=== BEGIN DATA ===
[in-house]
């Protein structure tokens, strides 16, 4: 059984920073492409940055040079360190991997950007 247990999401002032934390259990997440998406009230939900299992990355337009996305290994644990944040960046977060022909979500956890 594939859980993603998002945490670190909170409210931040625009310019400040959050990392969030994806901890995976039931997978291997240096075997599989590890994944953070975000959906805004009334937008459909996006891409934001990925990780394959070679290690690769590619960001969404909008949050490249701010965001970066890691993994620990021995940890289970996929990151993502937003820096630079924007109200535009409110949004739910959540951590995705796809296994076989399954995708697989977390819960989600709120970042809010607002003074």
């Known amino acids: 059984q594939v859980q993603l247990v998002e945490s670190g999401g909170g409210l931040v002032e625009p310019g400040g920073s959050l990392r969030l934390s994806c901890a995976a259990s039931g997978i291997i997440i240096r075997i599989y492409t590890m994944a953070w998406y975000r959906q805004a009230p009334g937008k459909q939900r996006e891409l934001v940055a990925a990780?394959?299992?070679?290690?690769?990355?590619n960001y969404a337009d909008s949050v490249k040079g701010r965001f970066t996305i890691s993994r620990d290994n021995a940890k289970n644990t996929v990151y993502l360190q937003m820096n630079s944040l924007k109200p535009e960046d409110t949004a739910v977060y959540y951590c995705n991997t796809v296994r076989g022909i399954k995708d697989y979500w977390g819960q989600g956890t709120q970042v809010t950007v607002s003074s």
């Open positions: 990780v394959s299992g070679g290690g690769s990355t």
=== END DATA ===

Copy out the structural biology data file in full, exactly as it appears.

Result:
[in-house]
């Protein structure tokens, strides 16, 4: 059984920073492409940055040079360190991997950007 247990999401002032934390259990997440998406009230939900299992990355337009996305290994644990944040960046977060022909979500956890 594939859980993603998002945490670190909170409210931040625009310019400040959050990392969030994806901890995976039931997978291997240096075997599989590890994944953070975000959906805004009334937008459909996006891409934001990925990780394959070679290690690769590619960001969404909008949050490249701010965001970066890691993994620990021995940890289970996929990151993502937003820096630079924007109200535009409110949004739910959540951590995705796809296994076989399954995708697989977390819960989600709120970042809010607002003074």
């Known amino acids: 059984q594939v859980q993603l247990v998002e945490s670190g999401g909170g409210l931040v002032e625009p310019g400040g920073s959050l990392r969030l934390s994806c901890a995976a259990s039931g997978i291997i997440i240096r075997i599989y492409t590890m994944a953070w998406y975000r959906q805004a009230p009334g937008k459909q939900r996006e891409l934001v940055a990925a990780?394959?299992?070679?290690?690769?990355?590619n960001y969404a337009d909008s949050v490249k040079g701010r965001f970066t996305i890691s993994r620990d290994n021995a940890k289970n644990t996929v990151y993502l360190q937003m820096n630079s944040l924007k109200p535009e960046d409110t949004a739910v977060y959540y951590c995705n991997t796809v296994r076989g022909i399954k995708d697989y979500w977390g819960q989600g956890t709120q970042v809010t950007v607002s003074s």
């Open positions: 990780v394959s299992g070679g290690g690769s990355t």